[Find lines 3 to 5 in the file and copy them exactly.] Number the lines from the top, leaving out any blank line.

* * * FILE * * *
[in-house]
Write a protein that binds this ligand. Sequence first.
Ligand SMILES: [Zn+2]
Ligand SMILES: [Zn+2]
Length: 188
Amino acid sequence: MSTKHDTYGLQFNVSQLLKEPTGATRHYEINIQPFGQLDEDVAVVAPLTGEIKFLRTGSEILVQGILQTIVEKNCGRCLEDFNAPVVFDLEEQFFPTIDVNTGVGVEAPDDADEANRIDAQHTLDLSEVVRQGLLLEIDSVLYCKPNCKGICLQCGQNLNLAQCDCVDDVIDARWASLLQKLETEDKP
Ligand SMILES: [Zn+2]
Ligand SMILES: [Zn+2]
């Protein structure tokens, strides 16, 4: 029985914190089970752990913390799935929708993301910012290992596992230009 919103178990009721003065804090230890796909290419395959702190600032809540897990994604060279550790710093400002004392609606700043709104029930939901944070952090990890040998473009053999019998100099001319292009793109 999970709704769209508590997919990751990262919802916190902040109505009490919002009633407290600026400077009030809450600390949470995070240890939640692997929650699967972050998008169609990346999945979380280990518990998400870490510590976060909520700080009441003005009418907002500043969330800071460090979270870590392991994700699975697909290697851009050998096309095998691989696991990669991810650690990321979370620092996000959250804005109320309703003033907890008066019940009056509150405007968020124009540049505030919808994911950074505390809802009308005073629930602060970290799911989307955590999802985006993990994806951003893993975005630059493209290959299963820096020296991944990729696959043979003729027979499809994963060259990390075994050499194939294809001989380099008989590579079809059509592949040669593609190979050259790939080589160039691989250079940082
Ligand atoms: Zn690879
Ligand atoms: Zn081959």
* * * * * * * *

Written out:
Ligand SMILES: [Zn+2]
Ligand SMILES: [Zn+2]
Length: 188